Santa needs to stay in tip-top shape to function on such a high level. This becomes a bit more of a challenge when you have an aging body. This is where Mrs. Claus probably comes in. Although I am sure that Mrs. Claus has just as many duties she performs on a daily basis, I just believe that she oversees Santa’s dietary needs. Now Santa appears to be a bit on the heavy side. Is that necessarily bad? I don’t believe so in his case. Remember they live in the North Pole and having some extra body insulation should benefit him. We have also established that Santa stays very physically active. Throughout the year I bet that Mrs. Claus prepares meals that contain lots of dark-skinned fruits, dark green vegetables, lean red meat, fish, whole grains, olive oil, nuts and maybe a glass of red wine with dinner. Santa needs to stay healthy and eating a brain-healthy diet protects his brain as well as his heart. Then on Christmas Eve all of those treats of cookies and milk won’t be a problem.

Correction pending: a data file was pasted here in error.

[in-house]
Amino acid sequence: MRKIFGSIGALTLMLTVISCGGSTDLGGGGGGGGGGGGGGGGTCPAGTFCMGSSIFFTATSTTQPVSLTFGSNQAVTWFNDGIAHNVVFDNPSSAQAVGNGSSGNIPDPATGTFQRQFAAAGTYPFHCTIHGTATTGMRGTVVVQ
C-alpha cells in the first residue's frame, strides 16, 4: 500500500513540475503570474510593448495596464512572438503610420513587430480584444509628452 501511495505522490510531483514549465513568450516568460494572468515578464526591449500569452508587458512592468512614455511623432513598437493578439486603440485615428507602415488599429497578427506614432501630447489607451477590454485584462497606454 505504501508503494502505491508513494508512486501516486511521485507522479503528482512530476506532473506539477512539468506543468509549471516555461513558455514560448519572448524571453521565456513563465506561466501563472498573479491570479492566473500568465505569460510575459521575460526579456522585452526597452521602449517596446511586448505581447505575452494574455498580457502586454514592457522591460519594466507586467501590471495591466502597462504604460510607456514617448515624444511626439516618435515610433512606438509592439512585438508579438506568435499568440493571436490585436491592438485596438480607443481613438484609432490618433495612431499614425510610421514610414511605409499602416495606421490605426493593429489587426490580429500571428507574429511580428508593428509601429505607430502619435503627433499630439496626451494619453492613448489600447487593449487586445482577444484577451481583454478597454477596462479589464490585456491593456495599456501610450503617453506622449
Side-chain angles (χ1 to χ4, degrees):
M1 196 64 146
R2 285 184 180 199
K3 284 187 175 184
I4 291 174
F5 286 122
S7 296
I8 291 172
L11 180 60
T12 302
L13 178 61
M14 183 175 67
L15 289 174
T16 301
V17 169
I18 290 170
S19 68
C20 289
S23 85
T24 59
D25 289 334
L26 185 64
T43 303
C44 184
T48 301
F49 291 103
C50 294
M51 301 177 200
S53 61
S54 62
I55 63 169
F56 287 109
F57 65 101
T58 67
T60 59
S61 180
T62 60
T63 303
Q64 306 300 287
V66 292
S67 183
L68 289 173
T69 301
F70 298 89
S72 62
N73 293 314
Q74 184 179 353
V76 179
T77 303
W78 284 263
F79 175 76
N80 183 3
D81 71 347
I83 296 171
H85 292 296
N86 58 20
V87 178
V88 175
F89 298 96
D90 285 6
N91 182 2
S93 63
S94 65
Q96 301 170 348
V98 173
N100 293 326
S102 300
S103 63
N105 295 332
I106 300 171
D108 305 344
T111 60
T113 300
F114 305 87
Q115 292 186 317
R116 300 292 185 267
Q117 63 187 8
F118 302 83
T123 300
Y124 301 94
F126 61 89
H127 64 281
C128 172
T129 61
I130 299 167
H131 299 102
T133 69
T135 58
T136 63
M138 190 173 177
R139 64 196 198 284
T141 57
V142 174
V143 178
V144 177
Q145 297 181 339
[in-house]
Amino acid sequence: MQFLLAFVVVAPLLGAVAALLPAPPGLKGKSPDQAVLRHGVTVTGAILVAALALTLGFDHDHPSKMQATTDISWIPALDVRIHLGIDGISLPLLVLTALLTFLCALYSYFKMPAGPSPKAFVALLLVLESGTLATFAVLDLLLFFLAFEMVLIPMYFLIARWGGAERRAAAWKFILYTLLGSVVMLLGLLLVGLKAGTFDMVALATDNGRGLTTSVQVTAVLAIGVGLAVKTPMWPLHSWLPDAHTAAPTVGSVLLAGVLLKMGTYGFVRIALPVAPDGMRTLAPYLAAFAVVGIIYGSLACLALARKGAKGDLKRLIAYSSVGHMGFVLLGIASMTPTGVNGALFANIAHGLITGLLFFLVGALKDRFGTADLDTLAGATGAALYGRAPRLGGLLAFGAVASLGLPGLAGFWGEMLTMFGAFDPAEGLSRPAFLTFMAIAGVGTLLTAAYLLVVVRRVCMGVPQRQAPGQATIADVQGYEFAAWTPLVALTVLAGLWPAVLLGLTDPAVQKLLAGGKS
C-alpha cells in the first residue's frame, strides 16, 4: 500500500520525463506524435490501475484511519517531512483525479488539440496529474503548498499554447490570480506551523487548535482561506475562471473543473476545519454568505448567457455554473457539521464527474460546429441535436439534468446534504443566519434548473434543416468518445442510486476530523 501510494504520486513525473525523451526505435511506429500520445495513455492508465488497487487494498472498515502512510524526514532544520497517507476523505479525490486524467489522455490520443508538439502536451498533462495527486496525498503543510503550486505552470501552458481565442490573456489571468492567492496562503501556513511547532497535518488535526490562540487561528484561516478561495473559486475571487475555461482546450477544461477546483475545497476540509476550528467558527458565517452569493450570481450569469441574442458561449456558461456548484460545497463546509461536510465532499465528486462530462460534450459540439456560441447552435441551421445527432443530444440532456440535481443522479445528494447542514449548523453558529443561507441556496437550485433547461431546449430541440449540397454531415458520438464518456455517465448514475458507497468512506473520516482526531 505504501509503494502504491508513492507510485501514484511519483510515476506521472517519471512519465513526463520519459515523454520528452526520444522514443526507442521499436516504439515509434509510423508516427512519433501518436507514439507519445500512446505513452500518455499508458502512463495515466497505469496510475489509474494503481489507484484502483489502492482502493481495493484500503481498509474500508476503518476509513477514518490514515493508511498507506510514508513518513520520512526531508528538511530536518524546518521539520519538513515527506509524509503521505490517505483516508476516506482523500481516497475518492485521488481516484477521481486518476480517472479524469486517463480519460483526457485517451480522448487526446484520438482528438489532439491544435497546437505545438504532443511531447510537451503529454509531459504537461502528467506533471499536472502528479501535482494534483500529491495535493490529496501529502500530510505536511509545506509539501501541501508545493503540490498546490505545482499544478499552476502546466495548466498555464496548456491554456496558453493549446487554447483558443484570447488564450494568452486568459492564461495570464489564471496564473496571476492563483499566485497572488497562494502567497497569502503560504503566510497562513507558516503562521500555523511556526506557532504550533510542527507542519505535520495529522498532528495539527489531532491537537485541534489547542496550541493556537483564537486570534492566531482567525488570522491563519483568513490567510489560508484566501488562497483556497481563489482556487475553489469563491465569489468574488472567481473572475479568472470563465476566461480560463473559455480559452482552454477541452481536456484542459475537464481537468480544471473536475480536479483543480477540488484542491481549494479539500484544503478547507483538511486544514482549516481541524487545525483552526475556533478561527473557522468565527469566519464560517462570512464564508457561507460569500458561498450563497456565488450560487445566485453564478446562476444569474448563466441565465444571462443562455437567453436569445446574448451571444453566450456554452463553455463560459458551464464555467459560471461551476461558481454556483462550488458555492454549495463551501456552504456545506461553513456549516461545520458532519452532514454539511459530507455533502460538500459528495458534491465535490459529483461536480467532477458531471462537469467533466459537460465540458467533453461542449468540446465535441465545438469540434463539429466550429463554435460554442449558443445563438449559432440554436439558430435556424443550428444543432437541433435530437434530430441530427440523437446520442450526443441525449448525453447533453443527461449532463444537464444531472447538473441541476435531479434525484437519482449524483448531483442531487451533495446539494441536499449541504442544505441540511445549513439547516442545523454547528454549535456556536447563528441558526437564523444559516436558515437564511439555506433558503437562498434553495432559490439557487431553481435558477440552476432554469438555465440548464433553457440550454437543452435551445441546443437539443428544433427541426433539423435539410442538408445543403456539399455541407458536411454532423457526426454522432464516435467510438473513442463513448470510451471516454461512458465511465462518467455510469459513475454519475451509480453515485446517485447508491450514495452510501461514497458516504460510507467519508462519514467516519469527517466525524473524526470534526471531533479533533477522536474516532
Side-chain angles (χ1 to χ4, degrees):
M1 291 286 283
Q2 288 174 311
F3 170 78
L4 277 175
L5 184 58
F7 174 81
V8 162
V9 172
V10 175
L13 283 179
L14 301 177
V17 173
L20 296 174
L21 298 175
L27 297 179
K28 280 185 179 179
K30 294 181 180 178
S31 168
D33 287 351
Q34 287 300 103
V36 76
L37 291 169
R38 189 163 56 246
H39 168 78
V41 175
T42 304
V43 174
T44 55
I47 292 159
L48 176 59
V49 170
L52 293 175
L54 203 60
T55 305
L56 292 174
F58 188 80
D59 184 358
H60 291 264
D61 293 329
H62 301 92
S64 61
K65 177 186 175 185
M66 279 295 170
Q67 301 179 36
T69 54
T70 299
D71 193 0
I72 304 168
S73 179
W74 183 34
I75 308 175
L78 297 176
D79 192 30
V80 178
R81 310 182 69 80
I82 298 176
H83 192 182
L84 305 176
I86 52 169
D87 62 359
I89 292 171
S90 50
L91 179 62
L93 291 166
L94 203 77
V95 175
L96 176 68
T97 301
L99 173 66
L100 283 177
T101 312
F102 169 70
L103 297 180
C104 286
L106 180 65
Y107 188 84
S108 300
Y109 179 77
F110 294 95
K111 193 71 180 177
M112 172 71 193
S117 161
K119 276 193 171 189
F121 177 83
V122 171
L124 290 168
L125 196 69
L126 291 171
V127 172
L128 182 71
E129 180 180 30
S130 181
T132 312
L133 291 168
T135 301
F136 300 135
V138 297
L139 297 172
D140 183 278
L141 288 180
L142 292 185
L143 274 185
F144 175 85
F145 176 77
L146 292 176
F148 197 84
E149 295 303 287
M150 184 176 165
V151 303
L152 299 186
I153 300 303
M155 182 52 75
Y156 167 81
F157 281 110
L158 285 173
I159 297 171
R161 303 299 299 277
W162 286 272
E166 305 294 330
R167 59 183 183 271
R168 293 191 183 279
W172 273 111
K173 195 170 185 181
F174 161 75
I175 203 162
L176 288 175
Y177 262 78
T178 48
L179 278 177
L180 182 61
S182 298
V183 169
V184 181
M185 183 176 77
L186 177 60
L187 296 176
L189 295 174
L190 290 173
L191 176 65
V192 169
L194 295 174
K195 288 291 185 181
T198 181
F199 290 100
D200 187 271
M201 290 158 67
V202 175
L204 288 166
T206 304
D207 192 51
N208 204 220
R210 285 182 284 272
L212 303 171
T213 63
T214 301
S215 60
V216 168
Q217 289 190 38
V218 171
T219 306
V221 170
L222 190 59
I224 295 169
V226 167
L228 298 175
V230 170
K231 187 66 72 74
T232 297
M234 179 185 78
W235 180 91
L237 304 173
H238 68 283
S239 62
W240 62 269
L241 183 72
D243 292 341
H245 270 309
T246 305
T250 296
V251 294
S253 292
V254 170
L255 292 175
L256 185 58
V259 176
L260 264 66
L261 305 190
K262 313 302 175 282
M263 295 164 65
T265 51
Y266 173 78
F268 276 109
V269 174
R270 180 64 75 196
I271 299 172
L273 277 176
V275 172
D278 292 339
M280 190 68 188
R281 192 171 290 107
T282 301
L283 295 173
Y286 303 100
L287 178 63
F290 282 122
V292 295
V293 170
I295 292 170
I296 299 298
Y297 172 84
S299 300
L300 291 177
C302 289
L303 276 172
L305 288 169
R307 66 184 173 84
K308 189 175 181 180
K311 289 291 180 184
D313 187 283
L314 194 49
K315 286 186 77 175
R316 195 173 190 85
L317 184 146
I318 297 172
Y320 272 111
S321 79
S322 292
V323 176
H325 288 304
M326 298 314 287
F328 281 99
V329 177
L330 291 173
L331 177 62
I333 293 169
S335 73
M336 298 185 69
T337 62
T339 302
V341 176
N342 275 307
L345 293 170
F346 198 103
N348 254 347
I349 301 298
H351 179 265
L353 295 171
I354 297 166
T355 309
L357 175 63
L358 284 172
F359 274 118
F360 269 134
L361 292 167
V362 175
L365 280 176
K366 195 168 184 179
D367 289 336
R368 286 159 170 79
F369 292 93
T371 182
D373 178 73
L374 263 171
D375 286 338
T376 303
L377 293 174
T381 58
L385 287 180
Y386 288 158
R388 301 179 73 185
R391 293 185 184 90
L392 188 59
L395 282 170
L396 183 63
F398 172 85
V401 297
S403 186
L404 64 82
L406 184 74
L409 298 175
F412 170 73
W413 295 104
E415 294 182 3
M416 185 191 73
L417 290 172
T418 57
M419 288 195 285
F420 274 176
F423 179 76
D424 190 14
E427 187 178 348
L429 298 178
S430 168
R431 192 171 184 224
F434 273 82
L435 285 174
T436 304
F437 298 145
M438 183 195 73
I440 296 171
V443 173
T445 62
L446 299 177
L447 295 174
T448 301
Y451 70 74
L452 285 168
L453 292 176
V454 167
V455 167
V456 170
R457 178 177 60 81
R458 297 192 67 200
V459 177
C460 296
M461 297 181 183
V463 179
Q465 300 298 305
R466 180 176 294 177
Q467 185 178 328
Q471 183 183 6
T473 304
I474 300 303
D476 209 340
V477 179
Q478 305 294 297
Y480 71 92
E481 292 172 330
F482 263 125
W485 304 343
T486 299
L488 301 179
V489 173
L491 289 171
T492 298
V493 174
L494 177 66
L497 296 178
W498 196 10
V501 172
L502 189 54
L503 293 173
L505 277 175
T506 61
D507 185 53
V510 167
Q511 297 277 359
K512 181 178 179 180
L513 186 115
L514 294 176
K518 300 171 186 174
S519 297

The North Pole may be on the edge of our world but Santa doesn’t lack friends or companions. In fact, he has quite an extensive ‘tribe’. Mrs. Claus provides such loving support and companionship that Santa is always upbeat and happy. The elves love Santa and always have his back. If something is awry in the workshop they have the ability to problem-solve the problem. Santa is very involved leader but trusts his elves to do their job. He has developed a very productive environment where morale and camaraderie are exceptionally high. Santa derives much satisfaction from his enterprise. He is passionate about making sure that children the world-round have a very happy Christmas. His passion is palpable throughout all of the North Pole.